When the war across seas broke out in 1939 Canada was called to the front as a part of the British Empire. Canadas work force was now severely depleted. Everyone remembers the prestigious men and women of Canada for their effort in the war helping the Allied side defeat the German enemy. We must remember though that the soldiers were not a self sufficient army, navy, and air force but rather part of the larger war machine that was Canada.
When Canadians think of the war they must remember the country that stood behind our soldiers in Europe. As Canadians we must especially remember the women who stayed home and were major contributors to holding together the labour force. As well their volunteering in society helped push Canada through the War. By temporarily assuming non-traditional roles in the labour force and in society, Canadian women became an important part of the war effort from 1939-1945.
In 1939 the war broke out in Europe. Canada was still fighting the struggle to rebuild their economy from the depression of the 1930's. A great number of Canadian Women were affected both directly and indirectly. As more then a million of our full time service men and Militia went across seas to fight the war many women were left home alone with no husbands, sons, brothers or any other male relatives. The Depression sported more the 900,000 Canadians out of work, and 20 per cent of these were women. The Military Recruitment and the new war industry put an end to the Depression, and the widespread unemployment that accompanied it.
By 1941 the population of women in the labour force had already jumped by 100,000. The employment of women was now highly evident in almost all of Canada. It is obvious now in retrospect that for the most part the Second World War divided Canadas men and women. But to fully understand this we have to first know why men and women, in most aspects of the war were given this sexual division. We must also get a good scope of what was accepted and expected of men and women before the war broke out. From the first natives in Canada to the industrializing society of today men and women have had different gender roles in society.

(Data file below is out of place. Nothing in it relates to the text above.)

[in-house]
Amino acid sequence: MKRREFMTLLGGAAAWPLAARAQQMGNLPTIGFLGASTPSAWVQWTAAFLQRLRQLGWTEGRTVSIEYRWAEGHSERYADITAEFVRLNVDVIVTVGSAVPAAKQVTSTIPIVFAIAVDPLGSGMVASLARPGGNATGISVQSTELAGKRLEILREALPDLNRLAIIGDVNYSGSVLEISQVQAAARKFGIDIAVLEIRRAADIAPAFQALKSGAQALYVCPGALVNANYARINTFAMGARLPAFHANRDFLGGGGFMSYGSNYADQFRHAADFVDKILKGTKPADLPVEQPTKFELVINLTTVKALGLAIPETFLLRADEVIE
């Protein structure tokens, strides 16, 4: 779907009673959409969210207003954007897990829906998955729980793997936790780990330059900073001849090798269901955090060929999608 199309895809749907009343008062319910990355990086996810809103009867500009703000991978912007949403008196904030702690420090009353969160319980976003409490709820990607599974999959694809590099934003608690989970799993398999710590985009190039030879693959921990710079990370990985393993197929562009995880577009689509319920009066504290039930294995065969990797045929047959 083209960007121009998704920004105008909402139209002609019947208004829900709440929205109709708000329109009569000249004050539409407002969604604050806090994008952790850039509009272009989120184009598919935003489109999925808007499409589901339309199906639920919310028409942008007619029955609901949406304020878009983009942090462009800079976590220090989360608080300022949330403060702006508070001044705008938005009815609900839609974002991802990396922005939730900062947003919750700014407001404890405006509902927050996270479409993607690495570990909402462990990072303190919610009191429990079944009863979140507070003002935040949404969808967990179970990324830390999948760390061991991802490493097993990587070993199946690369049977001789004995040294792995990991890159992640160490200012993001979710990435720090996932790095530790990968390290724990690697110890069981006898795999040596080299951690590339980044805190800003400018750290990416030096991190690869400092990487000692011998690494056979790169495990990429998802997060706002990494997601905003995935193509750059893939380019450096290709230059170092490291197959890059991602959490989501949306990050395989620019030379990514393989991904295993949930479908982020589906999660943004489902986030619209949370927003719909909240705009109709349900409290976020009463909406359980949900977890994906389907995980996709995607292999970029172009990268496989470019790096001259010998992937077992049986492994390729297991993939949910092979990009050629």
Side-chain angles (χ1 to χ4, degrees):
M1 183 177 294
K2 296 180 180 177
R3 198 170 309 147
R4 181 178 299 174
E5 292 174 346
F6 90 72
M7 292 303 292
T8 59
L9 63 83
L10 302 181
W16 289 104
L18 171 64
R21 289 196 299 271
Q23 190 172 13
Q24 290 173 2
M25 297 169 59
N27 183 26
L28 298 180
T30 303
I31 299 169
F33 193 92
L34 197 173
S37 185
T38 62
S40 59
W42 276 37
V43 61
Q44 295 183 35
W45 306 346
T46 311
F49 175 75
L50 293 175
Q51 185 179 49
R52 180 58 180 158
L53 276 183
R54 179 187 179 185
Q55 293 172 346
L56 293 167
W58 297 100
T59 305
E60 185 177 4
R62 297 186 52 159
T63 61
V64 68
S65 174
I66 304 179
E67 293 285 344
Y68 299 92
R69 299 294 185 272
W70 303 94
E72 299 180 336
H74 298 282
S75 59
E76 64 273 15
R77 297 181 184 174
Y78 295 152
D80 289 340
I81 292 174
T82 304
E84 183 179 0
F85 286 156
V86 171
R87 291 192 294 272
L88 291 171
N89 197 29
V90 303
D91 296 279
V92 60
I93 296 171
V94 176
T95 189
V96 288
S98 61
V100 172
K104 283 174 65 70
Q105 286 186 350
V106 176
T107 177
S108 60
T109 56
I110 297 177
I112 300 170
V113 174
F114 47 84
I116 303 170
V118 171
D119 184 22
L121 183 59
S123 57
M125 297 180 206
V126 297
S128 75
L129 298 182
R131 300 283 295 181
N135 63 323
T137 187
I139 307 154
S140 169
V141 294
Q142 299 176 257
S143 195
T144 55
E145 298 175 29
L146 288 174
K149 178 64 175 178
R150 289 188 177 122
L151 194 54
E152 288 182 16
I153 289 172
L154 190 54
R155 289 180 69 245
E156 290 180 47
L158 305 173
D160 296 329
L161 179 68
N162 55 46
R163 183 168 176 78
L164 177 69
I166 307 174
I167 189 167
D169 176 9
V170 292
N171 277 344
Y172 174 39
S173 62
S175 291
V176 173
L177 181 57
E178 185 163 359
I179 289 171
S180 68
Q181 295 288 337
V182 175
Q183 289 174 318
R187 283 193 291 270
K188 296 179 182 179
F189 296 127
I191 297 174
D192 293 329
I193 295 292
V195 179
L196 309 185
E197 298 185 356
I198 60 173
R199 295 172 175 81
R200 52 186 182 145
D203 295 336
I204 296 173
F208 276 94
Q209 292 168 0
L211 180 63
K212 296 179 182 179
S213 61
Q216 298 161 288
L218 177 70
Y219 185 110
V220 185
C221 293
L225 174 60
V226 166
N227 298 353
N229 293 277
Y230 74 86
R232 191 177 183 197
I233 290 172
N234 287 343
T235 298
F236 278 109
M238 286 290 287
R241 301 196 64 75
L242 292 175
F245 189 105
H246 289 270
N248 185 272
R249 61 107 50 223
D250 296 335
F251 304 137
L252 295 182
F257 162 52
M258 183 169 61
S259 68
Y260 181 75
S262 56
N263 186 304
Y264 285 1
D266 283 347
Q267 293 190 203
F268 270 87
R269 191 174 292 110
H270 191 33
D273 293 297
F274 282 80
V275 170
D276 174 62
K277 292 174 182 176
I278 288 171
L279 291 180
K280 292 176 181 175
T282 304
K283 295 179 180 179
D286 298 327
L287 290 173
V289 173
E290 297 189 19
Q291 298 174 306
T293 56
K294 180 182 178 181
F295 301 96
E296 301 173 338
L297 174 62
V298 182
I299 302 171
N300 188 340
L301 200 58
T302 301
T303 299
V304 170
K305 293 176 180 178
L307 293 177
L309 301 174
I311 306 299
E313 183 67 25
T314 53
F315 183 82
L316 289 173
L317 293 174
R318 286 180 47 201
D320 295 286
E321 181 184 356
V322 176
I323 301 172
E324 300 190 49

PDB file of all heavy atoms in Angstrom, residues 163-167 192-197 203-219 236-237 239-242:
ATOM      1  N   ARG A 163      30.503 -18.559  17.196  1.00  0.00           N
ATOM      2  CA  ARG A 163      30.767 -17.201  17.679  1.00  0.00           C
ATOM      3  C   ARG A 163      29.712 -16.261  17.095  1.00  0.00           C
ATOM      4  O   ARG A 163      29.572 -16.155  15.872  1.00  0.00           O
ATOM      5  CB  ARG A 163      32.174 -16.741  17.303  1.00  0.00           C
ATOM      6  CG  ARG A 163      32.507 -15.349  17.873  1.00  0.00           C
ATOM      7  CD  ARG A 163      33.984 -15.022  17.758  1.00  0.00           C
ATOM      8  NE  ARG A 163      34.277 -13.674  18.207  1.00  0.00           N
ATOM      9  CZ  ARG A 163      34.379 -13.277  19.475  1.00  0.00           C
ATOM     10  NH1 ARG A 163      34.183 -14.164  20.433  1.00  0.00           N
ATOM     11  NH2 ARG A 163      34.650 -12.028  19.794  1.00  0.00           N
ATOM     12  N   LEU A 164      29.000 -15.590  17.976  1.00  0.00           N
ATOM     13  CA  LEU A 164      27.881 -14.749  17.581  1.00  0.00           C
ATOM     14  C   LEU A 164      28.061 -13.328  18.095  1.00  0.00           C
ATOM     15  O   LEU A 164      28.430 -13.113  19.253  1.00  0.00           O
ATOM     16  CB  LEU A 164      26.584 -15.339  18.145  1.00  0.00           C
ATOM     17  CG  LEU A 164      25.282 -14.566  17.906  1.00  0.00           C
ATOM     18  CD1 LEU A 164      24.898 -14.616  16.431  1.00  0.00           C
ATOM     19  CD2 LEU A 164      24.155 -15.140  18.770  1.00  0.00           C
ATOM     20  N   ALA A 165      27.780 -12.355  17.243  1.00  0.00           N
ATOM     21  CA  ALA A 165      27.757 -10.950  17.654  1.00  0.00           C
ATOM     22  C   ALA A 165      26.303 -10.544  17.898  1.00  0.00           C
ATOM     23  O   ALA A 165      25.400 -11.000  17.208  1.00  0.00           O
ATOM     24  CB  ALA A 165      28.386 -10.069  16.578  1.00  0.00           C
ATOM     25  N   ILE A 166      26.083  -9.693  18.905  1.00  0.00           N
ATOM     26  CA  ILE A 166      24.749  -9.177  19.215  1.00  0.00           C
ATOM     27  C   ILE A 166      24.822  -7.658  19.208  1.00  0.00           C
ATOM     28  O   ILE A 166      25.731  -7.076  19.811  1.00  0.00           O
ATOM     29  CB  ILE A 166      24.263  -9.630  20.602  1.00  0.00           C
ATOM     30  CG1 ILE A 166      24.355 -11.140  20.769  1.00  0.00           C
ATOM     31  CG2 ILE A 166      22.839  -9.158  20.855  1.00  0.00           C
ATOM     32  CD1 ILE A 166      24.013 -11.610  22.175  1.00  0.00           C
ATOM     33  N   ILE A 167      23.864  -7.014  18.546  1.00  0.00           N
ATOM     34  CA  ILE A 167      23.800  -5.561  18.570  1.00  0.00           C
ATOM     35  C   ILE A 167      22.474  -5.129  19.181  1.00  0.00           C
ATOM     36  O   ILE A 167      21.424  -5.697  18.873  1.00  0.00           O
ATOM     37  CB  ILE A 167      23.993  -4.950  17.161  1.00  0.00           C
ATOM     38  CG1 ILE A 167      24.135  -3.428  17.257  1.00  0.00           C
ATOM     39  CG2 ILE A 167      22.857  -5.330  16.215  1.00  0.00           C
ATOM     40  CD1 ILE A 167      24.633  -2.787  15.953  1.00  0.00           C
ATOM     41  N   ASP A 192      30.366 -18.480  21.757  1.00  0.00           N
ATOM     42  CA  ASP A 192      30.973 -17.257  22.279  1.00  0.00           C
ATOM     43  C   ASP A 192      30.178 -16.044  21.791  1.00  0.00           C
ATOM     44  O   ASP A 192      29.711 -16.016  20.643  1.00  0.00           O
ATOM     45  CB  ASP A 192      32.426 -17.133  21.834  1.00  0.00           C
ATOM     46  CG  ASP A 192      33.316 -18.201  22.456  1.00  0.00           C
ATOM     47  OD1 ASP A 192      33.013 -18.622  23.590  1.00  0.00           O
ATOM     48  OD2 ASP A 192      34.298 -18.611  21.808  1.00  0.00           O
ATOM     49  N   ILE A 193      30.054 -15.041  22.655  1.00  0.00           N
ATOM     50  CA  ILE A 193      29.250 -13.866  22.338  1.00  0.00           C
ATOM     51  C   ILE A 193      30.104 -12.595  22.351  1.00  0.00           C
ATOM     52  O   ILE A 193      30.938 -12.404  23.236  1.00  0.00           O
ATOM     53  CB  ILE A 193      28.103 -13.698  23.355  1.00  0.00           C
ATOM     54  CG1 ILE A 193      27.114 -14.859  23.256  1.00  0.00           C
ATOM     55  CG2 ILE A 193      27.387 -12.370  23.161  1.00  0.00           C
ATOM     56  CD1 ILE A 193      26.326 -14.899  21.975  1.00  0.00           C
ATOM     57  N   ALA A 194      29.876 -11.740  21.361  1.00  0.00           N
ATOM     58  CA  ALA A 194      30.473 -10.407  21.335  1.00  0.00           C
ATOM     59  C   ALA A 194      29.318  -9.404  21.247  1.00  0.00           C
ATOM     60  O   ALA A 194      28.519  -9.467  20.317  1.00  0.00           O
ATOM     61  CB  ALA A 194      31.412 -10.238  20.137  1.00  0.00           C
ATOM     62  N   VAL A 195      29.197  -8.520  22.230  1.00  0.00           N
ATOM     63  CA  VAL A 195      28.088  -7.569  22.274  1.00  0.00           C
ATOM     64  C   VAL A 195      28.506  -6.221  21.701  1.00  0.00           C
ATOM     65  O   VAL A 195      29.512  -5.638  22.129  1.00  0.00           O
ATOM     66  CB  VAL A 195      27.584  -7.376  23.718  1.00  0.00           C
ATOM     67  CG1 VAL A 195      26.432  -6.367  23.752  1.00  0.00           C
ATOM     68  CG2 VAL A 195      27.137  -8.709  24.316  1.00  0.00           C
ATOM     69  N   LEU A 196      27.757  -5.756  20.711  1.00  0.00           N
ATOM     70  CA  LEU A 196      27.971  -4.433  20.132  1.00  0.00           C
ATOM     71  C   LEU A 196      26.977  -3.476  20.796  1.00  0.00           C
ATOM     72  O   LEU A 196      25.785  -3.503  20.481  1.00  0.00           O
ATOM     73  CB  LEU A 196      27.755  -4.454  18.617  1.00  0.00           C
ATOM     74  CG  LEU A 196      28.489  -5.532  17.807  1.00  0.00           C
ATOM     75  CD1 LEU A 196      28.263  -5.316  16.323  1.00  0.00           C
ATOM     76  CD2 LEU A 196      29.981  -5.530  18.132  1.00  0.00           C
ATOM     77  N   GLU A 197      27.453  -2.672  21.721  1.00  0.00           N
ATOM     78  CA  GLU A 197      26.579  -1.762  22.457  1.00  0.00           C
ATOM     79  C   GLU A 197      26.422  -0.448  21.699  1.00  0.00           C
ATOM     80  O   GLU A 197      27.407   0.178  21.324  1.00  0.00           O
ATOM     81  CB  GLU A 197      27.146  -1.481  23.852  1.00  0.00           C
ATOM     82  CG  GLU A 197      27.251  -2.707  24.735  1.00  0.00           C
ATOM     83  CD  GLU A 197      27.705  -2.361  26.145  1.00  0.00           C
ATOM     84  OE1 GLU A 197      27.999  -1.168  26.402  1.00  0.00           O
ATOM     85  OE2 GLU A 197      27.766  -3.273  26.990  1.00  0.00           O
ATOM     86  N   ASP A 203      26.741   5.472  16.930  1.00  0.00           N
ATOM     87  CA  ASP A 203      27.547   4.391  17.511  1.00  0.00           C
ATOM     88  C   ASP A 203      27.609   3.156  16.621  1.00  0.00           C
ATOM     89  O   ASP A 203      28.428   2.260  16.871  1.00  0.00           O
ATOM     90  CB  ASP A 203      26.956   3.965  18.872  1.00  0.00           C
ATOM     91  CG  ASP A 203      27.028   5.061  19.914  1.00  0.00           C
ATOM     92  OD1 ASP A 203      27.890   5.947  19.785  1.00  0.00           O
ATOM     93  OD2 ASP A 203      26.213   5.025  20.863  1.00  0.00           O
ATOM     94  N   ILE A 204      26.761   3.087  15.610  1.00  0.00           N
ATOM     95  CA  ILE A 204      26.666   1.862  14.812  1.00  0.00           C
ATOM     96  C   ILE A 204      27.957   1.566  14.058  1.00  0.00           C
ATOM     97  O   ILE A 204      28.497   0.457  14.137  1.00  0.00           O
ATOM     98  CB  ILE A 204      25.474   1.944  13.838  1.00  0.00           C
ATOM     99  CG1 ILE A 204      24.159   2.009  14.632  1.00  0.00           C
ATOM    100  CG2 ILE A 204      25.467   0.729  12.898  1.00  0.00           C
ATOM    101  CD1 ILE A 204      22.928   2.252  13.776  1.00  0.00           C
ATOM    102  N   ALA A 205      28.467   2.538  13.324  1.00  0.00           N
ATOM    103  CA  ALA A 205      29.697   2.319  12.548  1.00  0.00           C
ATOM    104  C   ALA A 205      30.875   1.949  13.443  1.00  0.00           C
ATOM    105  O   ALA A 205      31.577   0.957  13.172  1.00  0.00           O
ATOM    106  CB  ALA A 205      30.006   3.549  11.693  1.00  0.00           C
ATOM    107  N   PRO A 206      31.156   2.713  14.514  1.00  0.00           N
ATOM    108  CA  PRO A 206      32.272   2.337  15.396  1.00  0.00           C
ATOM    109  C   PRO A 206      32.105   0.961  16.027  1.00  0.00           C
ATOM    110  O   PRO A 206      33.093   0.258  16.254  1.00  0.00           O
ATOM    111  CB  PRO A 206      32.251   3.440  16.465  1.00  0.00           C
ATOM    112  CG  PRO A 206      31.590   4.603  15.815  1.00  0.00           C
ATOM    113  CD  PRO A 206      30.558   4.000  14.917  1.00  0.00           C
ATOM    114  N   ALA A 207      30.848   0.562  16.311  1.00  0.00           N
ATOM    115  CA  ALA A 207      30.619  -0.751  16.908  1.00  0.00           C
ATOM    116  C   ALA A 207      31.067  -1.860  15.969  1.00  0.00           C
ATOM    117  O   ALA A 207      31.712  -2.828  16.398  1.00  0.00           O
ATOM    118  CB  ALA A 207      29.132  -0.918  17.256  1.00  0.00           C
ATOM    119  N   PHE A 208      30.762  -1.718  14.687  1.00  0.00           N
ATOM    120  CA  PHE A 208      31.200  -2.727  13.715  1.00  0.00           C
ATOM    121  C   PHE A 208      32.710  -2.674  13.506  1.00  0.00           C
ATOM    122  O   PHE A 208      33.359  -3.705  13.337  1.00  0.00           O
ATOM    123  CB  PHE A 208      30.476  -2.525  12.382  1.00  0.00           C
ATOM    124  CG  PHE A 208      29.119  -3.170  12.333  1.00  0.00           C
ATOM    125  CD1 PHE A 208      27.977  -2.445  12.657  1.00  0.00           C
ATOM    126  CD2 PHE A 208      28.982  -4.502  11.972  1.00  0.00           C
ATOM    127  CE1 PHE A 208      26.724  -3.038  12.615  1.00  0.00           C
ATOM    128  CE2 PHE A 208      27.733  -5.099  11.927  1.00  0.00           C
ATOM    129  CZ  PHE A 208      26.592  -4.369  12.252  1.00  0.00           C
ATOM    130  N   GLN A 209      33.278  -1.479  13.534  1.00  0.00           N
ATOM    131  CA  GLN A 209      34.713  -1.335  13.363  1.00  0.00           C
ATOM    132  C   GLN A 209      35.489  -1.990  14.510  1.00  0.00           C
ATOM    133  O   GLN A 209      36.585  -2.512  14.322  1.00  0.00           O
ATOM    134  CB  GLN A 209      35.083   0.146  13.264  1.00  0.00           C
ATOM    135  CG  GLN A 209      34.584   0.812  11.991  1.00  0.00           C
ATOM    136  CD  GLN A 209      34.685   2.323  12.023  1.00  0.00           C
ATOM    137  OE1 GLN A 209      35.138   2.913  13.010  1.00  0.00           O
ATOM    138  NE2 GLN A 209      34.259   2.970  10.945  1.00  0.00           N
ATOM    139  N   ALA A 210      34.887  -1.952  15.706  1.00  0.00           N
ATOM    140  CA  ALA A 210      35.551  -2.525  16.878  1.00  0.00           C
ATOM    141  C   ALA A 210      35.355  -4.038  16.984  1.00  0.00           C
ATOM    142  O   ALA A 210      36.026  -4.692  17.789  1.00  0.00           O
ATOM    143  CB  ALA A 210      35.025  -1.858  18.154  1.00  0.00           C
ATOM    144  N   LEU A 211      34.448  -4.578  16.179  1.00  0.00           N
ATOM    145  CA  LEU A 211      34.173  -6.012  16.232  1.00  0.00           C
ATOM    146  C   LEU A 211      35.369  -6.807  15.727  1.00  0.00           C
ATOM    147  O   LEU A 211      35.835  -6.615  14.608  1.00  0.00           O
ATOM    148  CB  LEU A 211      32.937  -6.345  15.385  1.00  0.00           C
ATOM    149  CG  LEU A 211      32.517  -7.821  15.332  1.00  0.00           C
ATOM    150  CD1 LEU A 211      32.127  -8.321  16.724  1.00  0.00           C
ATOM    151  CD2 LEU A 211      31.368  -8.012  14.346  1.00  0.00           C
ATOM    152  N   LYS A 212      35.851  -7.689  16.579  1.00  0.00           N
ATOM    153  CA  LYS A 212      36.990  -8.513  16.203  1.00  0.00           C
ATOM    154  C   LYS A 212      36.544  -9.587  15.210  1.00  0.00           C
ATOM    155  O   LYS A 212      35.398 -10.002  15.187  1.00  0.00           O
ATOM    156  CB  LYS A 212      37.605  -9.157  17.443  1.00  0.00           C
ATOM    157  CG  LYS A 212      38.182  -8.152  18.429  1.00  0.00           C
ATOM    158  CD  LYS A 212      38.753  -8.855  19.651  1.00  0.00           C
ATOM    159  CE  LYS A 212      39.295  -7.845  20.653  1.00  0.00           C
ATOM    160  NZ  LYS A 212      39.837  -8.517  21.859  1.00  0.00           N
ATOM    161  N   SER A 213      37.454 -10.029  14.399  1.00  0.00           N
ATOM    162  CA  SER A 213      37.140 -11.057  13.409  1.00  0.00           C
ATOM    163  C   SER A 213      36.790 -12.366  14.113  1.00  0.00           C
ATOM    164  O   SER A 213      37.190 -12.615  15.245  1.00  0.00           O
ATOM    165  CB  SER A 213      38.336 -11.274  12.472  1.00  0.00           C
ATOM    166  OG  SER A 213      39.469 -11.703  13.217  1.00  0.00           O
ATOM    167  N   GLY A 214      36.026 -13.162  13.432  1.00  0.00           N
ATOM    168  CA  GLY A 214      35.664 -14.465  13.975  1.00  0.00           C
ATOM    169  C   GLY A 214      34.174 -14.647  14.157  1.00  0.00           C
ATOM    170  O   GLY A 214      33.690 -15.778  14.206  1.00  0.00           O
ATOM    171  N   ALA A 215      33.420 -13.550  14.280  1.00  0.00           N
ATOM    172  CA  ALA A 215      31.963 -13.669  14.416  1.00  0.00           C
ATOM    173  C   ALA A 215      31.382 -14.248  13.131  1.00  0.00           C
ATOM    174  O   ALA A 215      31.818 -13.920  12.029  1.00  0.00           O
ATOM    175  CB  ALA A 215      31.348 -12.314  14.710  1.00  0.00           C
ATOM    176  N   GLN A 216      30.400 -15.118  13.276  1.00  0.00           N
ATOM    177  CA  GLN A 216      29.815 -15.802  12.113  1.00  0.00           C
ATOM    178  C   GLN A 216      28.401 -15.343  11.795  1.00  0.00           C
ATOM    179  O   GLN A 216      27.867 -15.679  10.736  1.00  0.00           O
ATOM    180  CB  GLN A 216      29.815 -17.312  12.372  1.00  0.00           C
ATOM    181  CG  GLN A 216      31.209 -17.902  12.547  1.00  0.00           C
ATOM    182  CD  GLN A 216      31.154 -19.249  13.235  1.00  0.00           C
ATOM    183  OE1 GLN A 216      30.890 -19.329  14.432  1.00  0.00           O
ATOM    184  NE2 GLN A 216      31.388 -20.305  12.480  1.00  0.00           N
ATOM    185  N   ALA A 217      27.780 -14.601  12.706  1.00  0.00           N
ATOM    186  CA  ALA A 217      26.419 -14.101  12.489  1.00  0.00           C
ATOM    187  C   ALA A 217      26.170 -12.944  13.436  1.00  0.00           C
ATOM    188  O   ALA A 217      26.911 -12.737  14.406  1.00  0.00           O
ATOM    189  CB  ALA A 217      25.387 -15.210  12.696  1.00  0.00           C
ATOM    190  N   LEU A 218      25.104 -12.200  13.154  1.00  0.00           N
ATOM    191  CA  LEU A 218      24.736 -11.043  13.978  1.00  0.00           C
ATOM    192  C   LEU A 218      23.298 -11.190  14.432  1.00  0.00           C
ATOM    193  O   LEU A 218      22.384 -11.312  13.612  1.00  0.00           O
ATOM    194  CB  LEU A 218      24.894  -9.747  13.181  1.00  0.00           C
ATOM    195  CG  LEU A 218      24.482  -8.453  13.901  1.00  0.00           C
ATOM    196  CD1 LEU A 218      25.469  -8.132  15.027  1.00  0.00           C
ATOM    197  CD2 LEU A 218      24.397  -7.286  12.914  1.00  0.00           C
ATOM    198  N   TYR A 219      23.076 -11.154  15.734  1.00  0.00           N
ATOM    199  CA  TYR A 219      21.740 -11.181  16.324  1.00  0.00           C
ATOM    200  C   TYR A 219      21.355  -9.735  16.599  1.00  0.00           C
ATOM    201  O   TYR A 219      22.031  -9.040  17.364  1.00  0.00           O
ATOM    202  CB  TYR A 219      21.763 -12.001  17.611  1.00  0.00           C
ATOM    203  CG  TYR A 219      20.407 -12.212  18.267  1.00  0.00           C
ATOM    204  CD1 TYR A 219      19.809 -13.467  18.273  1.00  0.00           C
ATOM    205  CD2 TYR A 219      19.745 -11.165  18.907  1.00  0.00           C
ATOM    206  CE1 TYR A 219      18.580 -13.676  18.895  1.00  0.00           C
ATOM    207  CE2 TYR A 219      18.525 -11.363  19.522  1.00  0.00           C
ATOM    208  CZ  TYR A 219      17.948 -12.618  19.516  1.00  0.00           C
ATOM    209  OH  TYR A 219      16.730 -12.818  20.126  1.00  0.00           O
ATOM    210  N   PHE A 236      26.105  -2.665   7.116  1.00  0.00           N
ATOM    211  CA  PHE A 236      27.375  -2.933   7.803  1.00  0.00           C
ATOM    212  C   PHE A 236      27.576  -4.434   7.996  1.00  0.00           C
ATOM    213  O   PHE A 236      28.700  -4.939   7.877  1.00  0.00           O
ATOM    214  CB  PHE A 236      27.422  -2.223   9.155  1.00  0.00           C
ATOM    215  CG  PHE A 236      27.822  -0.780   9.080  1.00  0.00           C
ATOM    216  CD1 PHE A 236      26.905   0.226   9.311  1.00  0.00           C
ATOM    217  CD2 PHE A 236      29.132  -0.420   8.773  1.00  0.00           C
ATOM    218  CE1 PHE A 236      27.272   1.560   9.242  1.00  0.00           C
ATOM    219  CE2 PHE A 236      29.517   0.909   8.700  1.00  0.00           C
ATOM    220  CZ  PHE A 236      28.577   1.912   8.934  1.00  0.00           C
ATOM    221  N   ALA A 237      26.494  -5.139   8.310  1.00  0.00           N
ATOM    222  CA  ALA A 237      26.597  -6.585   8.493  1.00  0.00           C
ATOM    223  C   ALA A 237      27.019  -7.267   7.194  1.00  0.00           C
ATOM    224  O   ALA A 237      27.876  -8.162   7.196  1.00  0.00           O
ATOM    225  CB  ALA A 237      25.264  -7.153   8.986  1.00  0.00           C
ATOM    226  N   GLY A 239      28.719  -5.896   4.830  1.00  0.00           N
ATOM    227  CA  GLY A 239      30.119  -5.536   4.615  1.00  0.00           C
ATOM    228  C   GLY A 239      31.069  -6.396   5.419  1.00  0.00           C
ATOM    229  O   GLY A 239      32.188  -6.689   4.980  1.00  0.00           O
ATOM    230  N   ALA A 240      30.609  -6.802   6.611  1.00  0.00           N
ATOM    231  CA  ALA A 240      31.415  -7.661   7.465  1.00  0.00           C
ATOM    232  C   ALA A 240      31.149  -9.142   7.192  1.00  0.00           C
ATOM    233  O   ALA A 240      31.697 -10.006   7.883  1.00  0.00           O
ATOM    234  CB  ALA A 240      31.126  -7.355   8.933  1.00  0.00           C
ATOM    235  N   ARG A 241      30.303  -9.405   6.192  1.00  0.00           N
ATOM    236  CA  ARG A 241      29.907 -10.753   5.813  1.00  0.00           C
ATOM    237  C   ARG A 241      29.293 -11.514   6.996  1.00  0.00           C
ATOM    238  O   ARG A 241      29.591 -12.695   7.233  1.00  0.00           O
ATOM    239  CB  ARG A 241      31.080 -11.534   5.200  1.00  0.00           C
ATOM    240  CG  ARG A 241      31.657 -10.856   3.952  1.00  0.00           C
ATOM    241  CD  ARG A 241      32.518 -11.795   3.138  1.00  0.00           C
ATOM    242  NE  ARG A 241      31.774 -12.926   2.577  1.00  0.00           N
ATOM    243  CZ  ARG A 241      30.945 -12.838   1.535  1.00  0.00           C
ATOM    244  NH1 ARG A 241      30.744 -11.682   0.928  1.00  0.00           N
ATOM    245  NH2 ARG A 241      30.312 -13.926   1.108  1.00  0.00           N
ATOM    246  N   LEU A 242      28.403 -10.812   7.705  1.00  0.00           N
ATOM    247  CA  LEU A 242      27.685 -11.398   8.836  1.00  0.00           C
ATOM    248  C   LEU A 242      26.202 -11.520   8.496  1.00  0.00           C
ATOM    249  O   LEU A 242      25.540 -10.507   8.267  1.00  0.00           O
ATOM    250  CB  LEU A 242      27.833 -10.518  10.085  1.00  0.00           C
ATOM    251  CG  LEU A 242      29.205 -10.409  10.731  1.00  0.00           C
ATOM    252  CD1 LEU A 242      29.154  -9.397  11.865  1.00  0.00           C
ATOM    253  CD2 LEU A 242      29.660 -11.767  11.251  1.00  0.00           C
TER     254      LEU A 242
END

These have reflected the norms, values, and beliefs of our culture that have been in Canada as long as the white man has. Although these are rapidly changing now, at the time of World War II, they were set in traditional ways. Based on the biological differences between men and women, separate spheres were formed within society. Traditionally there was such beliefs as a womens brain had inferior capabilities, women were fraught with problems, women were incapable to comprehend university education, and women were genetically made to bear and rear children. These are only a few of the labels that were put on women to keep them in a separate sphere of a society.
Through history women were given these labels to keep them at home while the men were to support the family. The care of the children appeared to be mothers sole work and the work of the mothers alone. As for those young women that were not yet mothers, they were to stay at home and help tend to the house chores and child care. Canada was a society that believed competition, between men and women, to bring the money home would break down the traditional ways that nature set about. Because of the roles and beliefs that tied women down at home, mobility into other work was both difficult and frowned upon. With the onset of the twenty first century we see more female mobility out of the home to womens occupations.
Most of the industries women were employed in were teaching, office work, telephone operation, sales, textile and canning factory work, and nursing. For example, in 1941 the top male jobs were farmers and labourers. The top female positions were baby sitters and maids. Considering that there was widespread unemployment in all of these industries before the war women were still playing their traditional role at home, the keeper of house and children. On the other hand the men did just about everything in society and the work force, from farm work to medical work.
Usually men were the ones who brought home the money to support the family. Men were the ones that did the majority of the labour and military work that had to be done in the country. When the war broke out it was seen (as had been in the past) that war is considered a male enterprise, while peace is considered a female preoccupation. War beliefs seemed no different from the beliefs about society already mentioned.